All Is Not Lost: The Energy Crisis and the UK Consumer

Headlines portray nothing but doom and gloom for the UK consumer (and thus the economy). However, scratch beneath the surface, and there are strong reasons for optimism.

Introduction

“[UK] living costs rising at their fastest rate for 30 years.”1 “UK is only major economy to put up taxes during cost-of-living crisis, research finds.”2 “UK wages fall at fastest rate since 2014 as cost-of-living squeeze bites.”3

The UK is set to experience a cost of-living crisis. But is everything lost for UK consumer spending?

As illustrated by these headlines, the UK is set to experience a cost-of-living crisis: many families were already expecting their monthly spend to go up in April, driven by an increase in National Insurance (‘NI’) contributions and an increase in the energy price cap. To put this in perspective, a UK consumer on 2021 median earnings of GBP31,000 was due to see NI contributions increase by more than GBP250 a year and energy prices rise by almost GBP700 a year (Figure 1).

And the Ukraine conflict is likely to push up living costs even further as the prices of fuel and other goods surge – think tank Resolution Foundation, for example, expects inflation (as measured by CPI) to hit 8.3% in the UK in April4, much higher than the Bank of England’s forecast of 7.25%.5

But is everything lost for UK consumer spending?

Figure 1. Energy Price Cap Rises by Almost GBP700 in UK

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Source: Ofgem; as of 3 February 2022.

Household Budgets and Energy Costs

To answer that question, it’s first worth looking at the changes in income available for discretionary spend in UK households.

If we think of the typical UK consumer as a business, they operate roughly on a 40% margin – i.e., about 60% of household income is deducted in tax and fixed costs such as housing, food and bills; leaving 40% for discretionary spending.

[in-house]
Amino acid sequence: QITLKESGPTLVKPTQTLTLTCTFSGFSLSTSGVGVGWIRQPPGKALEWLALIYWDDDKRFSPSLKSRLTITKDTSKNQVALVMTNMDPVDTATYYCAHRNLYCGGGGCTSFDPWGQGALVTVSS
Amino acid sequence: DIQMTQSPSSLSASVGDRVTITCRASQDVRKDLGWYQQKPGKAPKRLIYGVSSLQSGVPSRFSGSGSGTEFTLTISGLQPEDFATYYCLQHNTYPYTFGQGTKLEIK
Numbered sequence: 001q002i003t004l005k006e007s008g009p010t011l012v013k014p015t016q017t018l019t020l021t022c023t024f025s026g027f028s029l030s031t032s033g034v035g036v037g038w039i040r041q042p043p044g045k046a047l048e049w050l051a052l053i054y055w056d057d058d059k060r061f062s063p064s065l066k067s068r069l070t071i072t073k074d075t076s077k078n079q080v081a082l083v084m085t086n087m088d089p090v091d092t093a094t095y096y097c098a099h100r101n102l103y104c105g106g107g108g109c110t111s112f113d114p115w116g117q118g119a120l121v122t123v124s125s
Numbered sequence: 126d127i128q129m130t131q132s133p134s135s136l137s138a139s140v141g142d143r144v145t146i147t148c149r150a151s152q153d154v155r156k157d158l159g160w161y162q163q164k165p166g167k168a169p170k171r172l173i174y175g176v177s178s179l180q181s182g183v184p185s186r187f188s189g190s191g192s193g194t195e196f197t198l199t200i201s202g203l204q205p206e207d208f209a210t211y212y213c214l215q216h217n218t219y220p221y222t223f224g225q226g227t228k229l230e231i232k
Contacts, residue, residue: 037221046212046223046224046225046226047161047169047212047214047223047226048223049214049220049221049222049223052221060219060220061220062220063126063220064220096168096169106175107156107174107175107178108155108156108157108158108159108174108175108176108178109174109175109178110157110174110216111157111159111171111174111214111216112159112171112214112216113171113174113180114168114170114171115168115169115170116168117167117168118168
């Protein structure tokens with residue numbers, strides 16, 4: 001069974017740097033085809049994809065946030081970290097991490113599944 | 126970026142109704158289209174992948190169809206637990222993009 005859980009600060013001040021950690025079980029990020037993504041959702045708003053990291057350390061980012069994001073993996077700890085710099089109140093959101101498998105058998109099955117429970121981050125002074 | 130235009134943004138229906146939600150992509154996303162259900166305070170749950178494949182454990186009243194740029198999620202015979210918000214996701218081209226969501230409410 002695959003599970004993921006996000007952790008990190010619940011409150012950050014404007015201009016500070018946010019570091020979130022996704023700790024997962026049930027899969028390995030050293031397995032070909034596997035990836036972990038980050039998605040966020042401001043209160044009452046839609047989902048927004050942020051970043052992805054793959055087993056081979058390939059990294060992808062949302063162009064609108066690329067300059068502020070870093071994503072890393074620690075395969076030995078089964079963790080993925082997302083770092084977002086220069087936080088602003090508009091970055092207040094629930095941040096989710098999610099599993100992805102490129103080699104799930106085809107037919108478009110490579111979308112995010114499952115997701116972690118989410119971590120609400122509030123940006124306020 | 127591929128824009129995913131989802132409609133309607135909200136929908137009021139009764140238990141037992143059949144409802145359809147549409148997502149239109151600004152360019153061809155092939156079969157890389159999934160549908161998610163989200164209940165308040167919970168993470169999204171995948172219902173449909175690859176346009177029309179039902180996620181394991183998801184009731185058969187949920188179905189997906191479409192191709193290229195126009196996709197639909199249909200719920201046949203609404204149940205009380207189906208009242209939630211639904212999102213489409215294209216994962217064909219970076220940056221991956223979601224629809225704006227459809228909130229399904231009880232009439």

Figure 2 shows the effect of rising gas and electricity prices on the discretionary income available to the average UK household with a mortgage – a representation of some 27 million households. The first column is cash flow in 2021, while the middle column is the scenario at the start of 2022. At the start of 2022, we assumed that:

  • Wages would increase slightly by 3.5%;
  • Tax bills would increase by 6.6% (driven by an increase in NI contributions);
  • There would be hefty increases in gas and electricity prices, soaring by 34% and 27%, respectively.

These changes resulted in the hypothetical UK household about 2.8% worse off in terms of discretionary spending in 2022 versus 2021.

Figure 2. Gross and Discretionary Income Based on Energy Price Rises

Source: Lazarus Partners, Man GLG; as of 15 March 2022. For illustrative purposes only.
Note: Hypothetical scenario of a UK household made up of 2.5 people and owning a mortgage.

In historical terms, a 2.8% fall in discretionary incomes is not unprecedented (Figure 3). Larger annual falls occurred in the direct aftermath of the Global Financial Crisis in 2007-8, and again in 2011-2, as rising commodity prices combined with stagnant or falling wages to produce sharp falls.

Figure 3. Annual Change in UK Discretionary Income

Source: Lazarus Partners; as of 31 December 2021.

However, all is not entirely lost.

Household Budgets and Wages

The third column in Figure 2 varies the assumptions made slightly at the beginning of the year, the most important being that we assume wage rises of 5% in 2022. In this scenario, the hypothetical UK household is not worse off in terms of discretionary spending in 2022 versus 2021.

It is not beyond the realms of possibility that this outcome occurs.